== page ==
Electro Stimulation Equipment

Figure 1: Electro Stimulation Equipment

EMS for Recovery Myth

I was disappointed when I read the slides of a few self-proclaimed experts in recovery and regeneration share some rather unprofessional and borderline information. Not only has the information presented been proven to be bogus in the research, logical holes existed in the theoretical concepts. This is the problem with EMS. Proponents are making the process complicated in order to promote their “expertise” and focus attention on alluring charts and fictional protocols. The truth is that research, logical reasoning, and historical data are a nice spread of evidence that demands a unanimous verdict. EMS is a poor option for recovery, and the application is limited in the real world.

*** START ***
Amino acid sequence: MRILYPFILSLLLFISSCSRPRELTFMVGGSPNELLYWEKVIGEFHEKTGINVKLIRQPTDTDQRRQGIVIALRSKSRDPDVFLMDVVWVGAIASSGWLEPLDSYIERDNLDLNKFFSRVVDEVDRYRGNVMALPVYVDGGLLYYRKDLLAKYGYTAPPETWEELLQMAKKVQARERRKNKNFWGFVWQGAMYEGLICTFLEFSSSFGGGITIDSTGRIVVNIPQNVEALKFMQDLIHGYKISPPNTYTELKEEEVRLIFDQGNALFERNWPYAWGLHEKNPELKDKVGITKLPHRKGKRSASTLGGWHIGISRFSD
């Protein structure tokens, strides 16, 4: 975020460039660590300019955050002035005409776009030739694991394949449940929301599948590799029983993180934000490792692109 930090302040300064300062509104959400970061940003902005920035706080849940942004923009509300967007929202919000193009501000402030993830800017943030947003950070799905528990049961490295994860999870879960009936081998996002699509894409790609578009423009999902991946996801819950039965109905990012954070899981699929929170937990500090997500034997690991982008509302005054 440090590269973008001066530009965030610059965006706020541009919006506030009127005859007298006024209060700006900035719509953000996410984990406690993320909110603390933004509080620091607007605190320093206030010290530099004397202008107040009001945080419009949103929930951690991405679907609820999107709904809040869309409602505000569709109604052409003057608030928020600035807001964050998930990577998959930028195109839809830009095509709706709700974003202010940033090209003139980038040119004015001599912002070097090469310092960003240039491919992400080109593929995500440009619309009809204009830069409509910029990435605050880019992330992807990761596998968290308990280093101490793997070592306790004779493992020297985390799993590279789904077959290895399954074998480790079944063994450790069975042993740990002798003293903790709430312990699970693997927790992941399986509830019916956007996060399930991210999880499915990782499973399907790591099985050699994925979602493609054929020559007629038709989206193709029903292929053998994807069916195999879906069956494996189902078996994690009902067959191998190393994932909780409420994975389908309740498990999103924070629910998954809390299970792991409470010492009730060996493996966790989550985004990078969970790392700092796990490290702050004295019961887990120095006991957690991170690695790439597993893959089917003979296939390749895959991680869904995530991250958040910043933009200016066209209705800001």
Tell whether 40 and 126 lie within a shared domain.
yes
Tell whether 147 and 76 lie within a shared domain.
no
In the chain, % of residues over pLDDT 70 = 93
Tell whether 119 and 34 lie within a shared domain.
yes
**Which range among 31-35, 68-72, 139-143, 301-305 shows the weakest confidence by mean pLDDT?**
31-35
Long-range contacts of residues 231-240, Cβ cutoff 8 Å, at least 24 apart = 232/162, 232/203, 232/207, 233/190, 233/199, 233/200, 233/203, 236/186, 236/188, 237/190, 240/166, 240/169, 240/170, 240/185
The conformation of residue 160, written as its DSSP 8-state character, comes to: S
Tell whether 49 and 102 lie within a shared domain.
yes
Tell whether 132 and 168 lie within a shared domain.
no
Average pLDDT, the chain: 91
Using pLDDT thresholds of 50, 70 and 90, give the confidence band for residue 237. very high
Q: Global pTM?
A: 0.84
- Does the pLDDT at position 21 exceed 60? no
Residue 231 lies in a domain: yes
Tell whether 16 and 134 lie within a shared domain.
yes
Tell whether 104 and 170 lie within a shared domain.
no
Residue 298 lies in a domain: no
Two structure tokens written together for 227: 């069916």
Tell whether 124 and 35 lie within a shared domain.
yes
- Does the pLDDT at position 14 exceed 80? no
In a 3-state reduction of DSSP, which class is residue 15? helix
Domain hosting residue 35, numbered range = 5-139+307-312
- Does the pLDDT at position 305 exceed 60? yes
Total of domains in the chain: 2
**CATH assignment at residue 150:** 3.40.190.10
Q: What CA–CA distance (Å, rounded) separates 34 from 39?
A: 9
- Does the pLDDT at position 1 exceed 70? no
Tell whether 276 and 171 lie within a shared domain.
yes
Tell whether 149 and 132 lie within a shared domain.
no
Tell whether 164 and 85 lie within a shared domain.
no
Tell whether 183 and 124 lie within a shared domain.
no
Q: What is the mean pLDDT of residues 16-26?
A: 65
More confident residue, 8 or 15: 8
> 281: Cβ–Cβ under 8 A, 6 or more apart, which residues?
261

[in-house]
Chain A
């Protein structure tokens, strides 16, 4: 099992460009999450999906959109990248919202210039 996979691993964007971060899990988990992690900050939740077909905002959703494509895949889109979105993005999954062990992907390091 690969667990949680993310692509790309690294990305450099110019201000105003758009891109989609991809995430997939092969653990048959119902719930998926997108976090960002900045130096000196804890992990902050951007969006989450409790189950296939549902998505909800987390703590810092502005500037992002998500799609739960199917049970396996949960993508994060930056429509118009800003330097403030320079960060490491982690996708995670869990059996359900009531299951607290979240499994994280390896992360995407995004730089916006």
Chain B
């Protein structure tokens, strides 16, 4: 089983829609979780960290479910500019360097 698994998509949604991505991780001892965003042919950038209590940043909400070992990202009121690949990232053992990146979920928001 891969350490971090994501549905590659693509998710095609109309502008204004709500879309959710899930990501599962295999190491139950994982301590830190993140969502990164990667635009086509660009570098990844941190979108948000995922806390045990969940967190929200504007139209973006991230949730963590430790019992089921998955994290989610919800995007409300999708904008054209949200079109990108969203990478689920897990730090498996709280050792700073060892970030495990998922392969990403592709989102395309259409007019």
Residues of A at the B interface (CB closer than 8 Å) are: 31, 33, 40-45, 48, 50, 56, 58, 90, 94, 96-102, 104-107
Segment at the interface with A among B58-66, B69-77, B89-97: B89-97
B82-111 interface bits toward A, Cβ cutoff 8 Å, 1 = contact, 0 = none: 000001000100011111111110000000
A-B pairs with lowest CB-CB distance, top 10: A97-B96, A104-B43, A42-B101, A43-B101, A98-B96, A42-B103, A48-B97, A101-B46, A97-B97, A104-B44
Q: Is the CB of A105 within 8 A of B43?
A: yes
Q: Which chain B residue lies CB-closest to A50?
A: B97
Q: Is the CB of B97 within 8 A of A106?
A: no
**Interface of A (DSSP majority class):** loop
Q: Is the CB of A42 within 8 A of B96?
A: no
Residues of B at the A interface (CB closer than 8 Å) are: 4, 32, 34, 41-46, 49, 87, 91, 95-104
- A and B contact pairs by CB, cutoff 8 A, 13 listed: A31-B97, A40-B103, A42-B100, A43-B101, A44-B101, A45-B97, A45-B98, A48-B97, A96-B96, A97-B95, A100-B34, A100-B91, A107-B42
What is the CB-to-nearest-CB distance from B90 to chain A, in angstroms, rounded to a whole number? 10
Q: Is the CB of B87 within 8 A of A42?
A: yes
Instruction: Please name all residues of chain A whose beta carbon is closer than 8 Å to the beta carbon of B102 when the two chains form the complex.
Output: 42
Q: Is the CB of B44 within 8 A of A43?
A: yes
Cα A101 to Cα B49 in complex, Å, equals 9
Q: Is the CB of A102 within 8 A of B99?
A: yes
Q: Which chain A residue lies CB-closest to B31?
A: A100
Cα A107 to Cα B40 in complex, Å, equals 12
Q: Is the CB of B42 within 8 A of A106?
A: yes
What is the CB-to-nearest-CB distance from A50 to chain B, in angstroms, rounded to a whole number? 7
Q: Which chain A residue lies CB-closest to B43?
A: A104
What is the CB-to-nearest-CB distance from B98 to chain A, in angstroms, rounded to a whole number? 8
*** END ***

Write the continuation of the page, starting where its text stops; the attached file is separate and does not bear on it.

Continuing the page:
A universal problem with coaches looking at science of rehabilitation is that recovery is not the same as sub-maximal injury. Fatigue and remodeling of an injury is hardly synonymous with using a modality to help with heavy training or competition. Similar to the bodybuilders swearing by a specific protein powder blend because of a 1982 study on burn victims, expecting 340% hypertrophy after training. A person is receiving intravenous amino acids after a third-degree burn, much different than the studies of what sport scientists are seeing after workouts with healthy athletes. We see the same mistake time after time when a rat model demonstrates a 30% increase in capillary density compared to a sedentary rodent. It is promising, but hardly strong enough proof that a highly trained athlete is going to get a real world improvement from using EMS. Marginal gains is important when athletes are chasing the 1%, but some theoretical gains are a thousand times smaller than 1%, and time and energy should be applied on the most effective and efficient options. Here are the claims gurus are speaking publicly about recovery.